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Susquehanna Students to Talk Through Tough Topics

March 29, 2010

SELINSGROVE—Seven student representatives from Susquehanna University’s leadership team attended the Sustained Dialogue Campus Network’s (SDCN) seventh annual national summit March 26-28 in Princeton, N.J.

Susquehanna University recently joined SDCN, a collective of students from more than a dozen U.S. colleges and universities who use small-group discussion to transform campus social tensions and bring their communities together. More than 150 students, administrators and alumni from 12 campuses were expected to attend the national summit, which gathers participants to share best practices within the SDCN framework of exploratory, productive student dialog.

Susquehanna’s nine volunteer student-leaders completed training in February to help them identify stereotypes, resolve conflict, achieve cultural competency and moderate difficult discussions. Upon the group’s return from the national conference, they convened to review their experience and plan recruitment of more student participants in fall 2010, when dialog sessions will begin every other week around a topic of the students’ choosing. The topic and the discussions themselves, which continue for the entire academic year, are kept confidential. Students will share resulting recommendations—for specific action or further exploration—with appropriate campus administrators.

“Sustained Dialogue gives students space to explore historically difficult topics,” said Lisa Scott, special assistant to the president and chief diversity officer, who brought the program to Susquehanna. “There will be hurt feelings, maybe anger, but they get to come back to the topic every session and keep talking.”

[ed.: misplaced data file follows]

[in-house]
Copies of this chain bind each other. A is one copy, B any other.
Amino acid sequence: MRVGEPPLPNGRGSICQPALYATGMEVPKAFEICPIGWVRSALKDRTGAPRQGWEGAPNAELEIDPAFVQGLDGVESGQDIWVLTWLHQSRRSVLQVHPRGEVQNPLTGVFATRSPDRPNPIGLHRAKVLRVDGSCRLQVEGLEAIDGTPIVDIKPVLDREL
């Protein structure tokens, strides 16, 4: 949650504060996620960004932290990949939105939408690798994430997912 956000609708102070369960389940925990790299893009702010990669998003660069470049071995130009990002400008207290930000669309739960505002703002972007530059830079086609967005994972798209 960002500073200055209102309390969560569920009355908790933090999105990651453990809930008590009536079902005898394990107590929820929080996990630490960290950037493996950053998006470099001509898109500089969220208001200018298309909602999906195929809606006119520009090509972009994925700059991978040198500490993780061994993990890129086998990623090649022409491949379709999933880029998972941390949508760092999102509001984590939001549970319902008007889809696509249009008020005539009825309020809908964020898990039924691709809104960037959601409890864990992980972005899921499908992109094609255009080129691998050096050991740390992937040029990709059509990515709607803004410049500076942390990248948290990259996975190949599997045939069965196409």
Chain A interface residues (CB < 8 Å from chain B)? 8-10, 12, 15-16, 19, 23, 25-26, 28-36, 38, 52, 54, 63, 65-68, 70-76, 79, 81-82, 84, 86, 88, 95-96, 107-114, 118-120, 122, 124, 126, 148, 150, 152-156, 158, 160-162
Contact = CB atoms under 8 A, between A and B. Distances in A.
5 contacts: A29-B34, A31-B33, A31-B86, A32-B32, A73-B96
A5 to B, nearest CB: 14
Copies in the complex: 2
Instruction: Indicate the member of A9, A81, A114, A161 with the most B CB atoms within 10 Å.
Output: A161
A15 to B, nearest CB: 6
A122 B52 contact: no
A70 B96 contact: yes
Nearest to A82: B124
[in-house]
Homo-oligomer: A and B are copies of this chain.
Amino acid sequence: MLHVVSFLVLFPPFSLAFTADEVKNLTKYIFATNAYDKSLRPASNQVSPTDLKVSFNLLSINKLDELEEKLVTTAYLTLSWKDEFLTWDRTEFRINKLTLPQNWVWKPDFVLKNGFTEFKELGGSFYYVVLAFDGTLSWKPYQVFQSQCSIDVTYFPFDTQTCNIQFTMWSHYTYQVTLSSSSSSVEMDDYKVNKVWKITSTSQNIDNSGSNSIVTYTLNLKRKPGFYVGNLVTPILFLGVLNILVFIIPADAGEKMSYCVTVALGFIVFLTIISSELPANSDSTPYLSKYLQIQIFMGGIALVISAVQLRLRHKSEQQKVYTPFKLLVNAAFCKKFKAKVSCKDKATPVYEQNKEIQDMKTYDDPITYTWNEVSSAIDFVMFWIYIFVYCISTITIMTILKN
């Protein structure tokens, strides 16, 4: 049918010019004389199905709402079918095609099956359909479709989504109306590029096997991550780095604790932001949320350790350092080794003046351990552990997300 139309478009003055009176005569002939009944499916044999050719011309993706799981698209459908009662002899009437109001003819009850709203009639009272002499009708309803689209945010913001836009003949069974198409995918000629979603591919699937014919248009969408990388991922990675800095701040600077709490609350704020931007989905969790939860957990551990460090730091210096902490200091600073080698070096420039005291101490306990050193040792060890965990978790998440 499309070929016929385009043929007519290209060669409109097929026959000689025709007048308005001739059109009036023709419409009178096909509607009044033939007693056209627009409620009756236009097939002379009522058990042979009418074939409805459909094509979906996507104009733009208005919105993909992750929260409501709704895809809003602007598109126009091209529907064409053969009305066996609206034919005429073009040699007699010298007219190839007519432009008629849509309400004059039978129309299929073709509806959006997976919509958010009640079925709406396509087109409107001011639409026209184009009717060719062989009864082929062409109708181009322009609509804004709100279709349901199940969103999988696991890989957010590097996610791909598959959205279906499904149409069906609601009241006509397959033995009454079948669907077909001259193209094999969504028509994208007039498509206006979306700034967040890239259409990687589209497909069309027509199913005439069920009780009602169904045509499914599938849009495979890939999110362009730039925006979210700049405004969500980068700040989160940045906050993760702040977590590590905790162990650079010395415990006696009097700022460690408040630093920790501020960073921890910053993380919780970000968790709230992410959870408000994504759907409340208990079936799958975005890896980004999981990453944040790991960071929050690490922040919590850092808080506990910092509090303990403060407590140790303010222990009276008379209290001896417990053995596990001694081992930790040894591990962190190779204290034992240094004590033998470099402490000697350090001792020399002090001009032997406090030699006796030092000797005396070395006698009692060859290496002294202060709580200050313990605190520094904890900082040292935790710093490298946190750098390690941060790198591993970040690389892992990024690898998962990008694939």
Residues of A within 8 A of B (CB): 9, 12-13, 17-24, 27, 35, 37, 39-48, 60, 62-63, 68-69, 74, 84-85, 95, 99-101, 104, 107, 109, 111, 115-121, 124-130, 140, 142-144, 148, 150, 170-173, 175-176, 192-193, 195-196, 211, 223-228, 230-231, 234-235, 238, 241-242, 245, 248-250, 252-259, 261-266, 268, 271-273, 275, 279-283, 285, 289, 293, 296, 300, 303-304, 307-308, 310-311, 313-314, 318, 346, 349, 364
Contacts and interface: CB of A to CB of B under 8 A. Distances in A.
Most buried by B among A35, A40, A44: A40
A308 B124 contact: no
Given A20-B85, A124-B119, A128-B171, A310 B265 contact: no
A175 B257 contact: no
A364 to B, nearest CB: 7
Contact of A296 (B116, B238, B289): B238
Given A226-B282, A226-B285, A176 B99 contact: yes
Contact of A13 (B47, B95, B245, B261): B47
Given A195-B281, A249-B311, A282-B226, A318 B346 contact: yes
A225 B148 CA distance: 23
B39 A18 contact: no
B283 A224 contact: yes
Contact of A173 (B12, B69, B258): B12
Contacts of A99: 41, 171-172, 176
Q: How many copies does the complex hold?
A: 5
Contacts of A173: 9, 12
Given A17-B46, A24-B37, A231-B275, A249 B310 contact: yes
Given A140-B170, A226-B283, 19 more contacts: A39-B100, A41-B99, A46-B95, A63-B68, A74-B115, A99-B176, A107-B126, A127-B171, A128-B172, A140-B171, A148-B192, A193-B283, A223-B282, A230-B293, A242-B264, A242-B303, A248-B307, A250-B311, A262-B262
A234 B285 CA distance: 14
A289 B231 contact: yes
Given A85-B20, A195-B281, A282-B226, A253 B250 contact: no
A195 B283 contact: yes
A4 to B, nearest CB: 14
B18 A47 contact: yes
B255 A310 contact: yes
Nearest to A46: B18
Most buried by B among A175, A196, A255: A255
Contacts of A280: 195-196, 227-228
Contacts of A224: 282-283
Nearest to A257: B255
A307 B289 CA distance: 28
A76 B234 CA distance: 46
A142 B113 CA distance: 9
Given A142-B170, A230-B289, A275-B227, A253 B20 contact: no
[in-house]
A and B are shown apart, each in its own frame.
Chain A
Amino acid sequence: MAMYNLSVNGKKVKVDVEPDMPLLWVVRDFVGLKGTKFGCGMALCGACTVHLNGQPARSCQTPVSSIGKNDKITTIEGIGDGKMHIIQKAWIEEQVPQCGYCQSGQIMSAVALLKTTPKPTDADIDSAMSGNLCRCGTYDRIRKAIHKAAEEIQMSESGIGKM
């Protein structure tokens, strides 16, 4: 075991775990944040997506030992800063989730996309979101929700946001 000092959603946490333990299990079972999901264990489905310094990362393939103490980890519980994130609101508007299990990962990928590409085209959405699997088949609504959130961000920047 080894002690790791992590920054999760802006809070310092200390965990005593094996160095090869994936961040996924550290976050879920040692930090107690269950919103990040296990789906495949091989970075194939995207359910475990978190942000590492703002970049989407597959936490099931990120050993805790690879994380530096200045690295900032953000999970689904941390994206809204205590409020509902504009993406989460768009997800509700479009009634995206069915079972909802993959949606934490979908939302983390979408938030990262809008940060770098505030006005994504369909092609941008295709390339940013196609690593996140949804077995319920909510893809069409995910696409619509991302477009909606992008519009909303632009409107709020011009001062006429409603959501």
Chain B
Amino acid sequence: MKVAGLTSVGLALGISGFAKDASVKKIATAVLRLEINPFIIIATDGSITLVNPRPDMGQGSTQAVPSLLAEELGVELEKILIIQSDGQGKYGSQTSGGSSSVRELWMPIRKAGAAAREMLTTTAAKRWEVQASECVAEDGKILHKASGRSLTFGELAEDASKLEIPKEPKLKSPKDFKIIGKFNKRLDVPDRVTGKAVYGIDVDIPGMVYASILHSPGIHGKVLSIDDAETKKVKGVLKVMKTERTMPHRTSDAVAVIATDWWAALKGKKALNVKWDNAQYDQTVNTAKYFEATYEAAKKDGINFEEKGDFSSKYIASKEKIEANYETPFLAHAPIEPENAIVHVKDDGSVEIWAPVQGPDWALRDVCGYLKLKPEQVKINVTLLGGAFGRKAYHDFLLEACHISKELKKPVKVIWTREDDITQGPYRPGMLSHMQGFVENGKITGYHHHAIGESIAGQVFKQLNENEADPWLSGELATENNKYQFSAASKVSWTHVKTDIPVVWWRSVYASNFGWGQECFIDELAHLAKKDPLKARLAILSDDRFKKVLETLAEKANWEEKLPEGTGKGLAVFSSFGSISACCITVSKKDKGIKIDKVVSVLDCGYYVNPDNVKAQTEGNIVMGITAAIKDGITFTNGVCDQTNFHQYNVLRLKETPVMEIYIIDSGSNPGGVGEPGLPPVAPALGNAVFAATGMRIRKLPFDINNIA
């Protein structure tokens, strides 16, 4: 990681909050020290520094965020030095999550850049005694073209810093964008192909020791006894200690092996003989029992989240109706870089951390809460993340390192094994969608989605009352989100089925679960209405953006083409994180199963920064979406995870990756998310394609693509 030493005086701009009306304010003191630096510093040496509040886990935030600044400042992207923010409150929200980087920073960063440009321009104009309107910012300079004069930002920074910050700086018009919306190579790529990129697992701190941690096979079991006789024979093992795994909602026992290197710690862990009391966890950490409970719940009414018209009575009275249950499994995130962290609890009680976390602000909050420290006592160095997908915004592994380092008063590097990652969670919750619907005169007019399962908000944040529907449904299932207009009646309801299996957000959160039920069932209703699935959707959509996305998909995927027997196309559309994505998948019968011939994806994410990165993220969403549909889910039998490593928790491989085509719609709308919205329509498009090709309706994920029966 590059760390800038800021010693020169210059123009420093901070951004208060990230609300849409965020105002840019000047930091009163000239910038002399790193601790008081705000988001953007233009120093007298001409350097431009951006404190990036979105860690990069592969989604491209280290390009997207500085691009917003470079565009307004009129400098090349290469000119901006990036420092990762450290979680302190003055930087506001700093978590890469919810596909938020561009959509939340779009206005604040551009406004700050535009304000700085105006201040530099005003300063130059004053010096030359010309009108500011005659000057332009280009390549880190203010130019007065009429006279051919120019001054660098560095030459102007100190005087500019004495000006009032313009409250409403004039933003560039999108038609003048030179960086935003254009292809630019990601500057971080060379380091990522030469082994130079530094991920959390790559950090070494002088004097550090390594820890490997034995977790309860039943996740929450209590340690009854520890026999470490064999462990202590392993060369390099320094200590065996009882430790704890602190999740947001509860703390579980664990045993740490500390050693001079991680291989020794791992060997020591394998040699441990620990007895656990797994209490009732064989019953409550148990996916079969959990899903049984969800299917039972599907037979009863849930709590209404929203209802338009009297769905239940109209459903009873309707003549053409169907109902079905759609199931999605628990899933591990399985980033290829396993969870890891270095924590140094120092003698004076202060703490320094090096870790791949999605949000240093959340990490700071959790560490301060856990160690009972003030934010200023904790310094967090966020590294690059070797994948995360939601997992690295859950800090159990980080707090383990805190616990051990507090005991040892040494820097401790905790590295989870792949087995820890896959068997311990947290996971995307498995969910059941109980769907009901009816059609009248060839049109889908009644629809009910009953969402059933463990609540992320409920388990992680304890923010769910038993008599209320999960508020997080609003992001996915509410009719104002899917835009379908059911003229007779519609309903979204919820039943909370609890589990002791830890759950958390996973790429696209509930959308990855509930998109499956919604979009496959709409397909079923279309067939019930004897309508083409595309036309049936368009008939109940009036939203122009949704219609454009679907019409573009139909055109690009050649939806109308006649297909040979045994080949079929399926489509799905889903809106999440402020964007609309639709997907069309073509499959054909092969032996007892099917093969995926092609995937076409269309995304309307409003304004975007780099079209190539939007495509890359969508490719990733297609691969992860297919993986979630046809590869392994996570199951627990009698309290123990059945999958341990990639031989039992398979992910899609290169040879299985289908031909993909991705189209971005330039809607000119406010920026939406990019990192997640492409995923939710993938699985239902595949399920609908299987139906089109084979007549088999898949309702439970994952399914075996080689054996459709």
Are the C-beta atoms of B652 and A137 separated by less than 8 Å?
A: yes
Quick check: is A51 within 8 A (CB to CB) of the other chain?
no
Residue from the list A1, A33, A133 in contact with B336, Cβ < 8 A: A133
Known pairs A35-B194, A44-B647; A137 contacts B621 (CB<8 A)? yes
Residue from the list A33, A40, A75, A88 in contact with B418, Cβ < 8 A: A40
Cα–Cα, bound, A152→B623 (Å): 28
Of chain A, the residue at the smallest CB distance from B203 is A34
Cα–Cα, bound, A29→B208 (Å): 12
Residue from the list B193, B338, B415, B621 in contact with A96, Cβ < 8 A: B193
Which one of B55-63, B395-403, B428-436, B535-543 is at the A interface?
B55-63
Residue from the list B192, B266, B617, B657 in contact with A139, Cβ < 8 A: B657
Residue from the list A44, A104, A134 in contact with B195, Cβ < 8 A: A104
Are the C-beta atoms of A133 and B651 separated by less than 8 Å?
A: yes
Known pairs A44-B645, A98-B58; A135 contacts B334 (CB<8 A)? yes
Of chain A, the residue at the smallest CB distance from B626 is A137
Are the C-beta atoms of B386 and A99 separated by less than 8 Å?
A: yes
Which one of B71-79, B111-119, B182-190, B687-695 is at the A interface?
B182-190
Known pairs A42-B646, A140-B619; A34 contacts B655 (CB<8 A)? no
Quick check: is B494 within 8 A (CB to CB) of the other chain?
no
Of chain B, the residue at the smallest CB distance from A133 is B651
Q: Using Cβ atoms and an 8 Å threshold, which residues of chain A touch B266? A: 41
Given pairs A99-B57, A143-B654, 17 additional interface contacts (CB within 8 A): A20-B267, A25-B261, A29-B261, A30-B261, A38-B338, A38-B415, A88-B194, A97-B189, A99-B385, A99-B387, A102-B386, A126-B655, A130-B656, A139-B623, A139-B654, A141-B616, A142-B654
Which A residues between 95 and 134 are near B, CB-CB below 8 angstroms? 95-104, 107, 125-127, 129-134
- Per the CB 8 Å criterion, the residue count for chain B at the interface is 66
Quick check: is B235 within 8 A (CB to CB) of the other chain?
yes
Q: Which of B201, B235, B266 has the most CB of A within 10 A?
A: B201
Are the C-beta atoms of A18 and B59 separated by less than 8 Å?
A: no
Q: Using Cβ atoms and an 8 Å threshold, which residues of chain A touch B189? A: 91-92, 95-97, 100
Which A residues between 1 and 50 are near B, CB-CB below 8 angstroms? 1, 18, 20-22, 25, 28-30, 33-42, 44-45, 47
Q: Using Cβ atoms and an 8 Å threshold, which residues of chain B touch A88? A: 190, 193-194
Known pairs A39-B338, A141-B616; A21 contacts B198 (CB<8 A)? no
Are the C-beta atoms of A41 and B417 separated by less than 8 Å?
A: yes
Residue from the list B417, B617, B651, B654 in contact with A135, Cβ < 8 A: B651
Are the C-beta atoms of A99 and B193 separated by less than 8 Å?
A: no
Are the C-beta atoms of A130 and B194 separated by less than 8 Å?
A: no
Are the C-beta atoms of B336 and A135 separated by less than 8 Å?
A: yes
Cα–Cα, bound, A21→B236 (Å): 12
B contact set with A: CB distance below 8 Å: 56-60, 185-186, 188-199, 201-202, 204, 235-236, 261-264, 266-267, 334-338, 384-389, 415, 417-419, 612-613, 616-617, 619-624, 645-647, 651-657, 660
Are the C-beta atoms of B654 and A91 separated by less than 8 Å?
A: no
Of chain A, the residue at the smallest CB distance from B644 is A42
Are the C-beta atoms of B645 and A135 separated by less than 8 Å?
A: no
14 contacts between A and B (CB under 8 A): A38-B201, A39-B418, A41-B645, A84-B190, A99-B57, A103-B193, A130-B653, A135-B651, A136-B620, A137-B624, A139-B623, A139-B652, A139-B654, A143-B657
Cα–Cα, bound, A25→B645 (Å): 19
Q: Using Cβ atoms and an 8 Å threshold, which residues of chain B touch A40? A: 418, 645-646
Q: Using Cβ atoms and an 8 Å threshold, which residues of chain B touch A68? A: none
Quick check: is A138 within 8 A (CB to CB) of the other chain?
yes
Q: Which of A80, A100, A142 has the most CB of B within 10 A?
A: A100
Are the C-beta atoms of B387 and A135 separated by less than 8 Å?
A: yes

Scott says the entire campus community benefits from having students engaged in Sustained Dialogue. “Unlike other student groups, like ski club, for example, the charge for this group is to acquire a skill set of listening, being thoughtful, inviting differences of opinion. They become a resource for mediation, ‘go-to’ people when there are tense times. They have a maturity about issues and the ability to not rush to decisions about goodness. Having young people with that skill set is an asset to any community.”

SDCN is an initiative of the International Institute for Sustained Dialogue (IISD), headquartered in Washington, D.C. IISD was founded in 2002 to promote the process of Sustained Dialogue for transforming racial, ethnic and other deep-rooted conflicts in the United States and abroad. SDCN's mission is to train, mentor and connect student leaders who initiate and sustain dialogues to build cohesive, engaged and diverse campus communities across the country.

Founded in 1858, Susquehanna University is a national liberal arts college that prepares students for achievement, leadership and service in a diverse, interconnected world. Academic excellence, study away and service learning, student-faculty collaboration, and rich opportunities for creative and personal growth are hallmarks of a Susquehanna University education. Susquehanna students come from 36 states and 13 countries, and more than 90 percent of them find jobs or pursue graduate study within six months of graduation. The university is located in central Pennsylvania, in the town of Selinsgrove, along the banks of the scenic Susquehanna River and about three hours from major East Coast cultural, financial and recreational centers. For more information, visit www.susqu.edu.


Karen M. Jones

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